My reluctance to take pictures had little bearing on my host family’s expectations of me. They had already opened their Dakar home to a slew of American students and, as a result, their plastic photo albums were bursting with pictures. They expected that I, too, would provide a photo documentary of the year as my predecessors had done before me. My host sister, Absa, whose second child was a three-month-old girl, frankly informed me that it was my responsibility to record the growth of baby Aissatou. With her Cabbage Patch cheeks and gurgling, toothless smile she was the princess of the house, growing from a docile swaddle of sleeping pudge to a babbling, often screeching, crawling, nearly walking, frequently falling baby before all of our eyes and before my camera lens.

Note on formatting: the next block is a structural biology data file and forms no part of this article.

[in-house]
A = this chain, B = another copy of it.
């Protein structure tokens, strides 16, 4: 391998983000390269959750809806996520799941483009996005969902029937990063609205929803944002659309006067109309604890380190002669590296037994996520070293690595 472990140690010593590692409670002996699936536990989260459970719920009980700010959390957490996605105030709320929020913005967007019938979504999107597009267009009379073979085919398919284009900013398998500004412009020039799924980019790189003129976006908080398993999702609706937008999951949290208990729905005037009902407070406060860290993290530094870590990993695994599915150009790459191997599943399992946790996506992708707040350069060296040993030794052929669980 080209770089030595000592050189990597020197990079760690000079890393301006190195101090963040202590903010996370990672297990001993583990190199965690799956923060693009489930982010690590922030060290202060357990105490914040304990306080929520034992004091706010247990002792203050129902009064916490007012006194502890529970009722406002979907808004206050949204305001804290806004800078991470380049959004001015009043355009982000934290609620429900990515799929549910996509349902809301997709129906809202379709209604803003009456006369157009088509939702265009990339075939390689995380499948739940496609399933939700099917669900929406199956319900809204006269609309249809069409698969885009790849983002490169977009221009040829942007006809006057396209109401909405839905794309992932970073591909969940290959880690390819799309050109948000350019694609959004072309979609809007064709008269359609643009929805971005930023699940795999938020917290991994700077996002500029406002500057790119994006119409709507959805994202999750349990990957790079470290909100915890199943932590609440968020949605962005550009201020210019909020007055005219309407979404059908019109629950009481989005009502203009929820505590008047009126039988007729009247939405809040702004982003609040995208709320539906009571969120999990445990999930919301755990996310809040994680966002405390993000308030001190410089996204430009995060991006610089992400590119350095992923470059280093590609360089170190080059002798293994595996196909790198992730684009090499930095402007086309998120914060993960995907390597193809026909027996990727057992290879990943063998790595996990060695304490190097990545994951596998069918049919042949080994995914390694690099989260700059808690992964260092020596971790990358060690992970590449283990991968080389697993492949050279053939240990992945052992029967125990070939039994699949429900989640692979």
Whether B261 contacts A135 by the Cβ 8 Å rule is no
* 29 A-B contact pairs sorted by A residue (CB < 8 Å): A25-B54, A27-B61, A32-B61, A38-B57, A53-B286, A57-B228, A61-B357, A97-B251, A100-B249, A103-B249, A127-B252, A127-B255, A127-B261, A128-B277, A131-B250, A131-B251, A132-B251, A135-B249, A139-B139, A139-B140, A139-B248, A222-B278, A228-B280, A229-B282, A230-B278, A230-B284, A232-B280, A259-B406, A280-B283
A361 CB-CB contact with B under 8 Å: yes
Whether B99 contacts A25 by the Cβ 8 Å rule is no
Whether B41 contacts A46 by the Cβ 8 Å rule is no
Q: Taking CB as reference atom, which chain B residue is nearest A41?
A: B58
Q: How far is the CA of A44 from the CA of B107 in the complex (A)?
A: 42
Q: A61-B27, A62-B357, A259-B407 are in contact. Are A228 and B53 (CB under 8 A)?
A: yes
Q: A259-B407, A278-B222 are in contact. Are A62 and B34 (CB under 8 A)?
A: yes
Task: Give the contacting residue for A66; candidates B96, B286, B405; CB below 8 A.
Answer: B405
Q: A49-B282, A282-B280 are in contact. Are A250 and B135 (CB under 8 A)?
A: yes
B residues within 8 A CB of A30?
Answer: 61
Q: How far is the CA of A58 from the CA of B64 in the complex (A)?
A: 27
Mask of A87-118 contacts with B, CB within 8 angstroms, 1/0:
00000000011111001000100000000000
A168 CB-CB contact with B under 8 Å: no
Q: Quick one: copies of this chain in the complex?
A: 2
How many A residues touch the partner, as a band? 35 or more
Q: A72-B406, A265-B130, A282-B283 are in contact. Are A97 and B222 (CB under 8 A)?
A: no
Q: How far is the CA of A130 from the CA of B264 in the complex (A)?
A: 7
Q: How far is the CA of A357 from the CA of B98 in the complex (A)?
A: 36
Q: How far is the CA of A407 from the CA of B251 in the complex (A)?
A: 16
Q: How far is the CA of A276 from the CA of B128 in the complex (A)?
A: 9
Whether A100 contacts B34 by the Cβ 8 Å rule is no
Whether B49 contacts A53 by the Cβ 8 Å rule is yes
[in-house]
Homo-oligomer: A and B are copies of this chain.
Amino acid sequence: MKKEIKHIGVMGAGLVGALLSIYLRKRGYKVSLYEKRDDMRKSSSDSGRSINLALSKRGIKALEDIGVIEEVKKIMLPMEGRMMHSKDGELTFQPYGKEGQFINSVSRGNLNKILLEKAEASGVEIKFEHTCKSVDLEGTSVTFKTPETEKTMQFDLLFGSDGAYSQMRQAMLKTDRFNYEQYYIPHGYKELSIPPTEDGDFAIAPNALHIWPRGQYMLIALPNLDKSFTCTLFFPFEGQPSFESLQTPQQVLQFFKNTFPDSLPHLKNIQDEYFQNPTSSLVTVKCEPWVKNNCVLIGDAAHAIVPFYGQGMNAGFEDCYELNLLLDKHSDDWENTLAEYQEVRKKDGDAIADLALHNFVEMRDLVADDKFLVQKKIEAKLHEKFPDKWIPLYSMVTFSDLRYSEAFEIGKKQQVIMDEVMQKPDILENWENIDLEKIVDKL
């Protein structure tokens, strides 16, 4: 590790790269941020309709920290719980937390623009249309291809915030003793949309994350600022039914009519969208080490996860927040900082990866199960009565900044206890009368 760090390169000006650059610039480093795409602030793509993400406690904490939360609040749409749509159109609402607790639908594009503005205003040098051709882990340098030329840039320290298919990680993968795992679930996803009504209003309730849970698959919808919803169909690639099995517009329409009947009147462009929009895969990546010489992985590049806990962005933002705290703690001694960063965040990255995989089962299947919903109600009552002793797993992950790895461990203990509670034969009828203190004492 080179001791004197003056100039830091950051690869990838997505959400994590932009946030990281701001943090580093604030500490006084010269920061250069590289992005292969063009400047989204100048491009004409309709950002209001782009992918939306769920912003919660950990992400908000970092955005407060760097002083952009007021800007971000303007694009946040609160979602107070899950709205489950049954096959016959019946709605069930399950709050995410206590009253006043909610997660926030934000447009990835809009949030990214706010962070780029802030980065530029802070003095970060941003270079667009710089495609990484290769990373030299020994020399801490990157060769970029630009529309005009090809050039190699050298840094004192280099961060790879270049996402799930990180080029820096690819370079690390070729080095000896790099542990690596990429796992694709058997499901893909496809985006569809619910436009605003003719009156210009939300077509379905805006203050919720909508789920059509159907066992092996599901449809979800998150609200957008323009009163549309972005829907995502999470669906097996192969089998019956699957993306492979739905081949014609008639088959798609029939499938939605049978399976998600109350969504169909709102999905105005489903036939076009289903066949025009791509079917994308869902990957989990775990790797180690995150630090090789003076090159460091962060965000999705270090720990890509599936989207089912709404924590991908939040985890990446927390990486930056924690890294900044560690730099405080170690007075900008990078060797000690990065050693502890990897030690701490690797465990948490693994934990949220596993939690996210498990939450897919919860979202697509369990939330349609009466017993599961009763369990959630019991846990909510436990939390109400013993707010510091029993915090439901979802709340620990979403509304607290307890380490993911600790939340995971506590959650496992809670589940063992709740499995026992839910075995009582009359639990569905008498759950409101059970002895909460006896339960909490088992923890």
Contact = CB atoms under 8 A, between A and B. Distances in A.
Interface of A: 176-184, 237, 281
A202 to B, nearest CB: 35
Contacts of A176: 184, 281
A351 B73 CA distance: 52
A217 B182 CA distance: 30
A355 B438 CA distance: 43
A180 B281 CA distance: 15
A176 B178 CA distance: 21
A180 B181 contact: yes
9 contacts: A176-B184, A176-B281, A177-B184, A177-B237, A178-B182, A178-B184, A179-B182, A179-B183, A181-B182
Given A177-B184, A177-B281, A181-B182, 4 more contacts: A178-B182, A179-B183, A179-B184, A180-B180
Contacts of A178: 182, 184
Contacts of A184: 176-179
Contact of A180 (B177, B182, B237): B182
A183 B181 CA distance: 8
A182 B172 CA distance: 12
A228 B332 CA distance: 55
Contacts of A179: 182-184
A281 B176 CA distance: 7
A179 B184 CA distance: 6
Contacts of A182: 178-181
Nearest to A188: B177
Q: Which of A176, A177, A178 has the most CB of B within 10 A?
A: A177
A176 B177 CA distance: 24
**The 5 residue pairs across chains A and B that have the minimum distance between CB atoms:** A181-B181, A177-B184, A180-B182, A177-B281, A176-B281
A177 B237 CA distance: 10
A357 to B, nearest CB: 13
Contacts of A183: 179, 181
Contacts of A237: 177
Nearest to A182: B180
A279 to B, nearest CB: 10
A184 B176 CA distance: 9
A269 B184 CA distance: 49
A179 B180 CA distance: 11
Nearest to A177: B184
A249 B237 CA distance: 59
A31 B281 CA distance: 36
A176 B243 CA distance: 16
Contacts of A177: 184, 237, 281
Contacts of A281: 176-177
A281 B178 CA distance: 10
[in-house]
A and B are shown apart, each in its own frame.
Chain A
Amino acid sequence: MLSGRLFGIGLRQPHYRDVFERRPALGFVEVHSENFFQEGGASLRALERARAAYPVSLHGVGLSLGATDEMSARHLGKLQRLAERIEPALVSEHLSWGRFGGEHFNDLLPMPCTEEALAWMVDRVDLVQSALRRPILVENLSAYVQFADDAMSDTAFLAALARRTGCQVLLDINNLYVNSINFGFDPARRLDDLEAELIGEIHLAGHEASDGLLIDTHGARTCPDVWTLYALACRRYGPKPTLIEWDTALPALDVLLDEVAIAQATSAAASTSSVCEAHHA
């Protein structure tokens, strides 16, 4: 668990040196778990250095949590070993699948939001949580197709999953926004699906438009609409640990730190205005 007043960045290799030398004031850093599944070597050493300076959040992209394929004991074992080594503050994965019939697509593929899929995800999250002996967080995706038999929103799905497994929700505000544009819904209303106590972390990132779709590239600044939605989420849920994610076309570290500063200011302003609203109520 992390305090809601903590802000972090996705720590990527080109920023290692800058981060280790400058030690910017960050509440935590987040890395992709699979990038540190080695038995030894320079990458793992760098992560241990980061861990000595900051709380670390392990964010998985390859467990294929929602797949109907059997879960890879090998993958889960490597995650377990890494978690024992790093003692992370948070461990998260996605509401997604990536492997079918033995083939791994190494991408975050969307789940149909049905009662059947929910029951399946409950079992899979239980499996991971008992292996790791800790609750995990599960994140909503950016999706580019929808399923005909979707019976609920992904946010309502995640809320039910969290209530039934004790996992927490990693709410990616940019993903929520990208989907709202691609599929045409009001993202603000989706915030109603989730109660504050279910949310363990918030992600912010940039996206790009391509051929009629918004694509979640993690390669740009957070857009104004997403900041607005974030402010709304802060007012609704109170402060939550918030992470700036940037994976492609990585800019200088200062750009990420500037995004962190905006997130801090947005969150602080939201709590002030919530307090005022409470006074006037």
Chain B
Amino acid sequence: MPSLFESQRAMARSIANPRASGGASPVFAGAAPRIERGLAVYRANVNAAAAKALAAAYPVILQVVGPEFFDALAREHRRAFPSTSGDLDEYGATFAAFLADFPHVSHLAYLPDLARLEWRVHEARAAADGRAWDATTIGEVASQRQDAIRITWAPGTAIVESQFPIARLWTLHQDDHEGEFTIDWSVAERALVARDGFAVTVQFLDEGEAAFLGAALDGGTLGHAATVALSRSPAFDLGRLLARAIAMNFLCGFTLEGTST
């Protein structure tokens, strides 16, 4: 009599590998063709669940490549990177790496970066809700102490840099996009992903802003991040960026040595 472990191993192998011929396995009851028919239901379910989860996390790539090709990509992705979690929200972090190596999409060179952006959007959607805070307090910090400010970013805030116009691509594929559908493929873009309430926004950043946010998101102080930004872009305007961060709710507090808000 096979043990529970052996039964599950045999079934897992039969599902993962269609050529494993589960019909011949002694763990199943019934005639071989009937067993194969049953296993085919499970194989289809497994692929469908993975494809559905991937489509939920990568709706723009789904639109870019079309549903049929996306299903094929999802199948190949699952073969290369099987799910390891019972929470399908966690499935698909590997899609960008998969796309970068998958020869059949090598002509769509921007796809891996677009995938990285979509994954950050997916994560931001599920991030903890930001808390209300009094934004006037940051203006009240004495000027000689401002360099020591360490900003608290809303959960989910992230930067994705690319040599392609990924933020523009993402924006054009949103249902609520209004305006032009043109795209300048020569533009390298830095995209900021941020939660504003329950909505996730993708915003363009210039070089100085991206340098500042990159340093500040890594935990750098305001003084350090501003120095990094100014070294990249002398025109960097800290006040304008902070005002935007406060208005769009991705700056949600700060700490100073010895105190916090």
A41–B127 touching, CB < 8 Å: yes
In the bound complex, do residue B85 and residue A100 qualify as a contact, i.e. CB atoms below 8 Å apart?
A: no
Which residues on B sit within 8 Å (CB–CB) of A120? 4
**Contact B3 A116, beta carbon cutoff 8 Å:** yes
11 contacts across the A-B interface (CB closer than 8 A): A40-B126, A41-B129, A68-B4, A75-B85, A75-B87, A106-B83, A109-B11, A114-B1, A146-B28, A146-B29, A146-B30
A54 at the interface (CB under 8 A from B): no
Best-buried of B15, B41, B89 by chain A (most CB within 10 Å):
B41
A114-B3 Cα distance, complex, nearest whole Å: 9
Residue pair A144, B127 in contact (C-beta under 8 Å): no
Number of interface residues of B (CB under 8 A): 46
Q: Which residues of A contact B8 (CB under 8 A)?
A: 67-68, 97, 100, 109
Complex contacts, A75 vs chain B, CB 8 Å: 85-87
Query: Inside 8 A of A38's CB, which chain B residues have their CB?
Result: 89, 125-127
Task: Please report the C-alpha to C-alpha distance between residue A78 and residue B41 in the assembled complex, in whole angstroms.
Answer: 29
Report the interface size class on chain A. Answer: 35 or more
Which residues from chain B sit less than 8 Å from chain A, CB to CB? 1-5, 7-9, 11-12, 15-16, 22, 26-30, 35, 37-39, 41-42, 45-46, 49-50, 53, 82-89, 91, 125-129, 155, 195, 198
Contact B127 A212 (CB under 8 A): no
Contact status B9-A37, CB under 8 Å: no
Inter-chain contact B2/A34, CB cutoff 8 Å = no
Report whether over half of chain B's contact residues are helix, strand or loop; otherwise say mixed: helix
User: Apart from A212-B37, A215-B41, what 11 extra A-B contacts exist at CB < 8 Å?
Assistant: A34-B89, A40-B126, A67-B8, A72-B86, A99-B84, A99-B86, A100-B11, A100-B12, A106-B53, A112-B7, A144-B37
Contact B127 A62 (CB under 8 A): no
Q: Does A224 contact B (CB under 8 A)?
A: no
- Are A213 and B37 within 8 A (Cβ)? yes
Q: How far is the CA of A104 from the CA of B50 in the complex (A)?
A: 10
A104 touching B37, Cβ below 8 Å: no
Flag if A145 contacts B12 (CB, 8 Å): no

My camera was in special demand when the Muslim holidays of Korite and Tabaski rolled around. On both of these momentous occasions the order of the day was praying, cooking, eating, and dressing up. After the sheep meat and millet porridge had settled in our stomachs and we had slipped into our evening finery, my family would turn to me and ask, “Where is your camera, Astou?” (my Senegalese pseudonym). All of the women had their hair freshly tressed; my sisters’ chin-length bobs were now long black, fake manes. The handiwork of all the overtired tailors in Dakar was on parade as everyone made social calls around the neighborhood in their new boubous, royal, flowing robes and gowns of sheer silk and crisp damask, smattered with sparkling embroidery in every iridescent color that is bold and bright. This extravagance demanded a photo shoot and, as the sole proprietor of a camera, the responsibility fell into my hands. I had little say in the matter.